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YFF-Yngre, fremragende forskere

Forward and Inverse Modeling of Rock Instabilities in the Presence of Fluids

Tildelt: kr 4,0 mill.

Prosjektnummer:

162741

Søknadstype:

Prosjektperiode:

2005 - 2010

Midlene er mottatt fra:

Geografi:

Geological structures are formed by rock deformation. This deformation is often accompanied and influenced by fluid flow, e.g., subsurface migration of hydrocarbons, contaminants and ore-rich fluids, as well as metamorphic and magmatic fluids. Traditional ly these processes have been studied separately. Hydrogeology and metamorphic petrology presume a lithostatic fluid pressure distribution within the crust, an assumption that implies that the Earth's crust is fluidized and has no strength. In the same dep th range, structural geologists recognize complex stress patterns and the development of structural instabilities, but assume hydrostatic fluid pressure distribution. Most of the complexity in studying rock deformation comes from rheology. An even great er challenge arises if a combination of several rheological types, such as brittle and ductile, is essential to describe a single process. The presence of fluids may result in dynamic switching between the rheological types. Heterogeneity and complex rhe ologies give rise to unexpected instabilities: rapidly developing, deformation paths triggered by small and normally negligible irregularities. There are several classical theories of instabilities developed for various rheologies. More recently, generali zation has been made for combinations of rheologies. Similar results have yet to be developed if fluids are involved and actively affect rheology. Finally, there is a feedback between deformational instabilities and fluid flow, which is driven by fluid p ressure gradients and controlled by permeability. The deformational instabilities cause sudden changes in both – permeability and fluid pressure distributions. New dynamic paths of the fluid flow are created as a response to the rock matrix deformation; t heir prediction requires a combined treatment of fluid flow and rock deformation. Computer modeling will be employed to study systematically the complex interplay between the above mentioned processes.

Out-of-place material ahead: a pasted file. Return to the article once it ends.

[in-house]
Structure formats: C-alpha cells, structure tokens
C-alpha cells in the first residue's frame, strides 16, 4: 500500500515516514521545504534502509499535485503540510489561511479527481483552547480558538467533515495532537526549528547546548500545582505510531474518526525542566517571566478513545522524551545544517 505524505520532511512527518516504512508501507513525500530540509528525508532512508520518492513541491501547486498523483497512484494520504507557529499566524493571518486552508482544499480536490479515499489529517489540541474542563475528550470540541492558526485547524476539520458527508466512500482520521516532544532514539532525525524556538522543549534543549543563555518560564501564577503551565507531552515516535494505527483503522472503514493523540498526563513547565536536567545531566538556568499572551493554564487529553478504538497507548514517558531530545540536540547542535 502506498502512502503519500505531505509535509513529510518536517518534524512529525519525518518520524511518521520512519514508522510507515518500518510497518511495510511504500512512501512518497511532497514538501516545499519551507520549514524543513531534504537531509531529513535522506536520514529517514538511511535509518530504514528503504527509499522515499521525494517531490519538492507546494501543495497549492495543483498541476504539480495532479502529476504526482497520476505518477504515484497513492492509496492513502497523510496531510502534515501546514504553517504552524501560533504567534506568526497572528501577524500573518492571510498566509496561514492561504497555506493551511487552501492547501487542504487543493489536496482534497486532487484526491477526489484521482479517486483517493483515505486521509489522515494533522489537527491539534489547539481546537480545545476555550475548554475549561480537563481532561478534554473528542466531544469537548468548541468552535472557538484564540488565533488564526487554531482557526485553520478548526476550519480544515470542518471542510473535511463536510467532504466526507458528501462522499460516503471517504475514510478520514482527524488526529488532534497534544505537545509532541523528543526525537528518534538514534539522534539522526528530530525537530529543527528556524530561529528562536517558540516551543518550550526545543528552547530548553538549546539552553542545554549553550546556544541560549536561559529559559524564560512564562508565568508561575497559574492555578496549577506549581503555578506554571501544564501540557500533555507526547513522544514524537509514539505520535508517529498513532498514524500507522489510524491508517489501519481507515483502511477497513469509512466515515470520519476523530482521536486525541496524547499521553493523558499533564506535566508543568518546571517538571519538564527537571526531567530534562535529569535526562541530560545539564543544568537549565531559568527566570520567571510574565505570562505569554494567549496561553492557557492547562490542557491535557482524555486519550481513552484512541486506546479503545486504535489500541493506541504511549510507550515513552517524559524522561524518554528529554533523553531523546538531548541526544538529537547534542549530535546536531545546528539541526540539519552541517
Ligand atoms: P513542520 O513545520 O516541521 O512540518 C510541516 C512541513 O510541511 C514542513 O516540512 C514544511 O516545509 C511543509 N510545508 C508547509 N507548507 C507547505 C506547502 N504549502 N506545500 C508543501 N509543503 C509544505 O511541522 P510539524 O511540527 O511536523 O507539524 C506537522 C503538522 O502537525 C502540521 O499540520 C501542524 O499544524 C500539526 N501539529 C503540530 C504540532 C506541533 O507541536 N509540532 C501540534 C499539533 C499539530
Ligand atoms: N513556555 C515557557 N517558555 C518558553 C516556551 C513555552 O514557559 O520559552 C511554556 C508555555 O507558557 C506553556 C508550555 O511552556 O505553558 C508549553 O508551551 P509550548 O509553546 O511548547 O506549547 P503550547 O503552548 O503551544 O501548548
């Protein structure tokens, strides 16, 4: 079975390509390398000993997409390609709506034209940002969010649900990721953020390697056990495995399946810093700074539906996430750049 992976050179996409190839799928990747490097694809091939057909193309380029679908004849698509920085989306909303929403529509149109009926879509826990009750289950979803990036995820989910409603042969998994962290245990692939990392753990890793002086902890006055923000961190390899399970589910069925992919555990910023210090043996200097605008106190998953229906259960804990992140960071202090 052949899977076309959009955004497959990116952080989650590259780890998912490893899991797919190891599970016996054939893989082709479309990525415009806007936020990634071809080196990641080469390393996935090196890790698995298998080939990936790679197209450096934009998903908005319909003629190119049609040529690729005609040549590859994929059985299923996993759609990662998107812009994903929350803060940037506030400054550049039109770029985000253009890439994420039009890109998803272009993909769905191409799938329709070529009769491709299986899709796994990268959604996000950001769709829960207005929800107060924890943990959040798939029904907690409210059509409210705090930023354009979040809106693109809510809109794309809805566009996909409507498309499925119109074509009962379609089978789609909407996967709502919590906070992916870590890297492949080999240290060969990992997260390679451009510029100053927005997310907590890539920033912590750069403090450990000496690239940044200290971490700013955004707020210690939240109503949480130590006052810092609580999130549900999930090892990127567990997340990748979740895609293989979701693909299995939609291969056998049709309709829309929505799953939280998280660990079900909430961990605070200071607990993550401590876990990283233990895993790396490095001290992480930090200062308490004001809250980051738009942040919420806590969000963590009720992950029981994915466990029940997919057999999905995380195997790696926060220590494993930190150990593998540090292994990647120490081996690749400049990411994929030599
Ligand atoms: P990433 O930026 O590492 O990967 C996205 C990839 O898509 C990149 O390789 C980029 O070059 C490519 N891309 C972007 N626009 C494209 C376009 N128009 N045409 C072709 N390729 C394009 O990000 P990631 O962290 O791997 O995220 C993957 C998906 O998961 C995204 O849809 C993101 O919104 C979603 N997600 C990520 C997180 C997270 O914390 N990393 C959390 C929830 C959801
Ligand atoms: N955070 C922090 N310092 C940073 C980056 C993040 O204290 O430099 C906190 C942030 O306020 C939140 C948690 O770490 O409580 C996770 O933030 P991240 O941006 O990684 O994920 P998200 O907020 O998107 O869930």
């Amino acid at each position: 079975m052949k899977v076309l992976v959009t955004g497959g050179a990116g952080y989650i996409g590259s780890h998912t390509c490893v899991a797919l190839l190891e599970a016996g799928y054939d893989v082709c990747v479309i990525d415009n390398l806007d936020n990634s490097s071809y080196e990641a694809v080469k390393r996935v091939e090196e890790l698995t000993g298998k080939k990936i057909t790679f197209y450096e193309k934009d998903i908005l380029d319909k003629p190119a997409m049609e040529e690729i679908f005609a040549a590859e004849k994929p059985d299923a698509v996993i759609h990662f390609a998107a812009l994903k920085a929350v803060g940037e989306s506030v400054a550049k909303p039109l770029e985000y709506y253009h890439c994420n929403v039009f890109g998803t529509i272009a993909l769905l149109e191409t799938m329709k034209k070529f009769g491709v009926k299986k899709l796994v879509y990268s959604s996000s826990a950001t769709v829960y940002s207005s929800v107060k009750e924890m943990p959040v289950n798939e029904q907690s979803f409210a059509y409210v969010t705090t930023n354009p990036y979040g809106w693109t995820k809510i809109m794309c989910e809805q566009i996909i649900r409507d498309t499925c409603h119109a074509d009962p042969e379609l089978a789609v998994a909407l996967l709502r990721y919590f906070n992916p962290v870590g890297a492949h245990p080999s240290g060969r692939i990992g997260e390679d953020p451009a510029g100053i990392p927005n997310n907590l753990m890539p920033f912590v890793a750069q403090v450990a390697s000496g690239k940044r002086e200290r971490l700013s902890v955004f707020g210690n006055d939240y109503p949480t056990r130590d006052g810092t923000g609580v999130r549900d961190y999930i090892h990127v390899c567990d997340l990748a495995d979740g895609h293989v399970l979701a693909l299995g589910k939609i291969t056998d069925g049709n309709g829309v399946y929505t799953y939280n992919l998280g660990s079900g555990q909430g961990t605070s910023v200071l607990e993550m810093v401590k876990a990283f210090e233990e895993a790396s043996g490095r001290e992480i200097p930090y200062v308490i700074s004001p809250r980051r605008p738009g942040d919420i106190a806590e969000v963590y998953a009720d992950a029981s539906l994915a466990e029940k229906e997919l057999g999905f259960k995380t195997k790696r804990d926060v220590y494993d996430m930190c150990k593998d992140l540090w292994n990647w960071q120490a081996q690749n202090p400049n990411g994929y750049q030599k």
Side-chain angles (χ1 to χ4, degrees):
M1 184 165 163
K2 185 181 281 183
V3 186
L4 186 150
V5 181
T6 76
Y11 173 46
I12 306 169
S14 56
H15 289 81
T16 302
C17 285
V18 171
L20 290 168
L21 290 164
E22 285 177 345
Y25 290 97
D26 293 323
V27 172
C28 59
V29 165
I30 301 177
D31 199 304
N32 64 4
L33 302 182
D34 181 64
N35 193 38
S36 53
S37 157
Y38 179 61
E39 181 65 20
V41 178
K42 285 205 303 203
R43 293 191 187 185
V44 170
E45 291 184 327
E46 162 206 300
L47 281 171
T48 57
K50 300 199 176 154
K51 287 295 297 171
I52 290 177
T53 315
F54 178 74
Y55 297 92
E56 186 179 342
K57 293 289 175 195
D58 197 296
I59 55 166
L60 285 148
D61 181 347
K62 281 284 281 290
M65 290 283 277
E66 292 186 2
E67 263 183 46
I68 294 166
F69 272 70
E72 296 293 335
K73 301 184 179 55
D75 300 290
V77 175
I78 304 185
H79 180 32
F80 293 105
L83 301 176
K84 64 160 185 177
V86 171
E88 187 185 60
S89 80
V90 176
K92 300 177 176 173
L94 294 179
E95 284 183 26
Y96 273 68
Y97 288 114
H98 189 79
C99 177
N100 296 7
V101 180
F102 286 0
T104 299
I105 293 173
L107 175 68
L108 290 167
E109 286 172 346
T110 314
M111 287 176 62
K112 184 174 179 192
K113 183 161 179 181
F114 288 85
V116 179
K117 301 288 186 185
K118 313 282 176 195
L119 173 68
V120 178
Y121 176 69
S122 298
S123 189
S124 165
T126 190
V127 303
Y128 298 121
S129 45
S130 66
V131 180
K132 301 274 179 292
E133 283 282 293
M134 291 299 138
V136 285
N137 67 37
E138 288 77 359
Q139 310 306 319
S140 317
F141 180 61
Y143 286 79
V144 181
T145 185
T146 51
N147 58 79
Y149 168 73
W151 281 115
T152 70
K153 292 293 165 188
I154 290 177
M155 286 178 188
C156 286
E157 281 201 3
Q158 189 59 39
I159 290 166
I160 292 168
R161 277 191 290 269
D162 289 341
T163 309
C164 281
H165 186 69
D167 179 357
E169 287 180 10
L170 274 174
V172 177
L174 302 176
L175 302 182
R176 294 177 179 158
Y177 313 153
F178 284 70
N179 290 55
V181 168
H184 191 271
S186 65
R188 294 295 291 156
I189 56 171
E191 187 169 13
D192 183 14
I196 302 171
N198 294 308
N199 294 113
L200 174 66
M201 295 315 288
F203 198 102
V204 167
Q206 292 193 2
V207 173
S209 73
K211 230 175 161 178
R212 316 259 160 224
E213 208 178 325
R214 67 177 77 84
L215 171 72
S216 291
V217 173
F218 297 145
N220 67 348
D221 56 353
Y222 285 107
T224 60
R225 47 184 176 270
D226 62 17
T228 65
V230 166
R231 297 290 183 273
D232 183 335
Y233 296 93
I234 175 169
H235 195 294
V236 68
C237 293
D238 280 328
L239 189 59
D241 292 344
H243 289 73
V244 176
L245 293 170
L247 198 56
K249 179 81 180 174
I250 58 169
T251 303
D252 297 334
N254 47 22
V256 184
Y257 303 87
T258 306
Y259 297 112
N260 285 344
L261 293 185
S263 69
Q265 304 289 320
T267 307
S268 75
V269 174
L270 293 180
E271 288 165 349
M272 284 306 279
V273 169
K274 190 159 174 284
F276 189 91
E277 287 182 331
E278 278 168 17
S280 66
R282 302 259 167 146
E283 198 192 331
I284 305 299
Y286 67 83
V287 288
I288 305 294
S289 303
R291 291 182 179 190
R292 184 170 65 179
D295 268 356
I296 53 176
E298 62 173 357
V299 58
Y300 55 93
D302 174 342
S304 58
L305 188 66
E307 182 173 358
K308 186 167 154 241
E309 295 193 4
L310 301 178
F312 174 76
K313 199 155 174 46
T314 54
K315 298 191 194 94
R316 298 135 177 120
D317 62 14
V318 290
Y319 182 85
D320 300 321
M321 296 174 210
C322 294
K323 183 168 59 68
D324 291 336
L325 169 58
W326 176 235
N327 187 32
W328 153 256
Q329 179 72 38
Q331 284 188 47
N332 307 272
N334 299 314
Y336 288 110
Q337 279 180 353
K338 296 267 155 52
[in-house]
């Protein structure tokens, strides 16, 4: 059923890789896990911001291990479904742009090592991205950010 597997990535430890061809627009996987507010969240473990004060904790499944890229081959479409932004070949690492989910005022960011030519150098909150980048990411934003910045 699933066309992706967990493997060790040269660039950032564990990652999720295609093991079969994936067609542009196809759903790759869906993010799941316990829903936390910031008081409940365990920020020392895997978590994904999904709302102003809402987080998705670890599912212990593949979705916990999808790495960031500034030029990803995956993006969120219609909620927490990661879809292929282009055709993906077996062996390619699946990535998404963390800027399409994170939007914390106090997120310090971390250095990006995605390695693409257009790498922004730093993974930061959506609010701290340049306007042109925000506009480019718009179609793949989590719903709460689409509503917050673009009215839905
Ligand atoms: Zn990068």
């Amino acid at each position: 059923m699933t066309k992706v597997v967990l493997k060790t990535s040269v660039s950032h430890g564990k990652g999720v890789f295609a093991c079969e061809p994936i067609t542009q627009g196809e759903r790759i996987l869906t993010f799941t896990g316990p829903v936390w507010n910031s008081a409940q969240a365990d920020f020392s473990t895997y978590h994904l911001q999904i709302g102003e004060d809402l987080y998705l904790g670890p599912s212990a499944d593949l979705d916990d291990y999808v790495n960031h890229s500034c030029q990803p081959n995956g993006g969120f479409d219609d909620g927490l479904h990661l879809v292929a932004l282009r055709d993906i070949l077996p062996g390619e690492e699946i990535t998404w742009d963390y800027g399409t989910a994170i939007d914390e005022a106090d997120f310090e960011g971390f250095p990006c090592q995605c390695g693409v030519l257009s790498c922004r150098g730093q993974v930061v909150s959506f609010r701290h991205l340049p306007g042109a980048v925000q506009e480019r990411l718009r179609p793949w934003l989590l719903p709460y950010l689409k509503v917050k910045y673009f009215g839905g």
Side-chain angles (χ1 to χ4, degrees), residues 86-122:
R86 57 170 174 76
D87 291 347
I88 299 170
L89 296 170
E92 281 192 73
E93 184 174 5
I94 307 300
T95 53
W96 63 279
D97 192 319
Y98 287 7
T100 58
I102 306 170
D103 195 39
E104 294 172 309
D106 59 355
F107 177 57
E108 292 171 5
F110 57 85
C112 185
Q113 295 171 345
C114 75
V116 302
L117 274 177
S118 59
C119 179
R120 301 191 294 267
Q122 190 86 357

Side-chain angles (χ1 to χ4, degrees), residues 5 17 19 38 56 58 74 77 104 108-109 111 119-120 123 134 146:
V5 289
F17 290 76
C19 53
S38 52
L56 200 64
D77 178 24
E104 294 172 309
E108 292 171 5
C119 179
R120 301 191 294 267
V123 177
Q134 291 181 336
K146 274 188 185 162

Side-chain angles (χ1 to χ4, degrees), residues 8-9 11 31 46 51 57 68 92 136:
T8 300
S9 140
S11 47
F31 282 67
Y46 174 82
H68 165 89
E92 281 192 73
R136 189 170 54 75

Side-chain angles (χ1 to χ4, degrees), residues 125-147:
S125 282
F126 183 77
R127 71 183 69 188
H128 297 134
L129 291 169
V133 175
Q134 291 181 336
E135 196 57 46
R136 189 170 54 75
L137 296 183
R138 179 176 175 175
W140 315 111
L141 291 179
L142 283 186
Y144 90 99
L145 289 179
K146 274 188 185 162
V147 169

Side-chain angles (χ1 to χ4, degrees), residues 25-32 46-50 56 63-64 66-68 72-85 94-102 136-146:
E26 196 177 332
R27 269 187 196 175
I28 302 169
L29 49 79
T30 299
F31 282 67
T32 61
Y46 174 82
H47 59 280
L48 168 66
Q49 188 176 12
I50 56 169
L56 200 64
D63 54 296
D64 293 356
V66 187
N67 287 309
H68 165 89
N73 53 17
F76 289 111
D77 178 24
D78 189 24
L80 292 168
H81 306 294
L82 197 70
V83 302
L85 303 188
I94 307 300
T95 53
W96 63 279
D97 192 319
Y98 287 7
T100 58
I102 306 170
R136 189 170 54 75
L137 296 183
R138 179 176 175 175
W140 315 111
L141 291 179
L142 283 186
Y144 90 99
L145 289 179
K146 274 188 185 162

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YFF-Yngre, fremragende forskere